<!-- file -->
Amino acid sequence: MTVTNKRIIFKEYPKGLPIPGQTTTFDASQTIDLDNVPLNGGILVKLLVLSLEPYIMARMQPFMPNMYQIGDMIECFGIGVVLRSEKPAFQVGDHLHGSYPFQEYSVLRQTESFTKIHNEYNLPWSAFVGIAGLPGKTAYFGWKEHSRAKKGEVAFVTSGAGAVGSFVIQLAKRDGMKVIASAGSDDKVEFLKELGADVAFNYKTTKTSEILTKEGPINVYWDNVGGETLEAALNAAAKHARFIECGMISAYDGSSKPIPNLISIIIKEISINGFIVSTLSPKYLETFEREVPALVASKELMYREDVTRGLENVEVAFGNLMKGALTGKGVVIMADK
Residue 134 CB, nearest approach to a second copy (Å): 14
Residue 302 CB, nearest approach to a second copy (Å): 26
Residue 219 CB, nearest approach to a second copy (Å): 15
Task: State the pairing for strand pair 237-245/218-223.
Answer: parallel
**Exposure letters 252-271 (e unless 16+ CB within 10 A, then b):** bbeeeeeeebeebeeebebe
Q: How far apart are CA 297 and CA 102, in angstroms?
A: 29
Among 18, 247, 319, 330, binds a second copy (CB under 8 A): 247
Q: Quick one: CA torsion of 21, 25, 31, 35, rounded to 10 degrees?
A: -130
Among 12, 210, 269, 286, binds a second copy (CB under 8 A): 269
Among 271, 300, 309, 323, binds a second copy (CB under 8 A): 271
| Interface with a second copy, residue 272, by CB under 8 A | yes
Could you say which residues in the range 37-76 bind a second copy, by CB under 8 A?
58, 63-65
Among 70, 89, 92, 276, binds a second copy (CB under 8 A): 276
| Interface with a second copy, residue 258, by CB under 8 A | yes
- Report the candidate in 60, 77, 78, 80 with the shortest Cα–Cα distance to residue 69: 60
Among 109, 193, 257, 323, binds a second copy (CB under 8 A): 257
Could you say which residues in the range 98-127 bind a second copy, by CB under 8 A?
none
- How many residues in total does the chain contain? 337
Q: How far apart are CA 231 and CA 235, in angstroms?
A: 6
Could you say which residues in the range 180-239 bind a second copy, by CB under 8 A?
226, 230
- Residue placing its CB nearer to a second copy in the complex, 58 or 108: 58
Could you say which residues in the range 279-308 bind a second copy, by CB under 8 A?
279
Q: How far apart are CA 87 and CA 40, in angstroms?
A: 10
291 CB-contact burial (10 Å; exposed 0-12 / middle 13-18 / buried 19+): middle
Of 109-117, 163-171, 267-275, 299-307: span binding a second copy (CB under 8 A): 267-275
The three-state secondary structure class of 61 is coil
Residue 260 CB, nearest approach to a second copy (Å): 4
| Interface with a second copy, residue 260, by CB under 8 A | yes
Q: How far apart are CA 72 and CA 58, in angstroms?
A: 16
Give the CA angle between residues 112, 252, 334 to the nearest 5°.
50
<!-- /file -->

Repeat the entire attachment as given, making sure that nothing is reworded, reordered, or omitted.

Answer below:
Amino acid sequence: MTVTNKRIIFKEYPKGLPIPGQTTTFDASQTIDLDNVPLNGGILVKLLVLSLEPYIMARMQPFMPNMYQIGDMIECFGIGVVLRSEKPAFQVGDHLHGSYPFQEYSVLRQTESFTKIHNEYNLPWSAFVGIAGLPGKTAYFGWKEHSRAKKGEVAFVTSGAGAVGSFVIQLAKRDGMKVIASAGSDDKVEFLKELGADVAFNYKTTKTSEILTKEGPINVYWDNVGGETLEAALNAAAKHARFIECGMISAYDGSSKPIPNLISIIIKEISINGFIVSTLSPKYLETFEREVPALVASKELMYREDVTRGLENVEVAFGNLMKGALTGKGVVIMADK
Residue 134 CB, nearest approach to a second copy (Å): 14
Residue 302 CB, nearest approach to a second copy (Å): 26
Residue 219 CB, nearest approach to a second copy (Å): 15
Task: State the pairing for strand pair 237-245/218-223.
Answer: parallel
**Exposure letters 252-271 (e unless 16+ CB within 10 A, then b):** bbeeeeeeebeebeeebebe
Q: How far apart are CA 297 and CA 102, in angstroms?
A: 29
Among 18, 247, 319, 330, binds a second copy (CB under 8 A): 247
Q: Quick one: CA torsion of 21, 25, 31, 35, rounded to 10 degrees?
A: -130
Among 12, 210, 269, 286, binds a second copy (CB under 8 A): 269
Among 271, 300, 309, 323, binds a second copy (CB under 8 A): 271
| Interface with a second copy, residue 272, by CB under 8 A | yes
Could you say which residues in the range 37-76 bind a second copy, by CB under 8 A?
58, 63-65
Among 70, 89, 92, 276, binds a second copy (CB under 8 A): 276
| Interface with a second copy, residue 258, by CB under 8 A | yes
- Report the candidate in 60, 77, 78, 80 with the shortest Cα–Cα distance to residue 69: 60
Among 109, 193, 257, 323, binds a second copy (CB under 8 A): 257
Could you say which residues in the range 98-127 bind a second copy, by CB under 8 A?
none
- How many residues in total does the chain contain? 337
Q: How far apart are CA 231 and CA 235, in angstroms?
A: 6
Could you say which residues in the range 180-239 bind a second copy, by CB under 8 A?
226, 230
- Residue placing its CB nearer to a second copy in the complex, 58 or 108: 58
Could you say which residues in the range 279-308 bind a second copy, by CB under 8 A?
279
Q: How far apart are CA 87 and CA 40, in angstroms?
A: 10
291 CB-contact burial (10 Å; exposed 0-12 / middle 13-18 / buried 19+): middle
Of 109-117, 163-171, 267-275, 299-307: span binding a second copy (CB under 8 A): 267-275
The three-state secondary structure class of 61 is coil
Residue 260 CB, nearest approach to a second copy (Å): 4
| Interface with a second copy, residue 260, by CB under 8 A | yes
Q: How far apart are CA 72 and CA 58, in angstroms?
A: 16
Give the CA angle between residues 112, 252, 334 to the nearest 5°.
50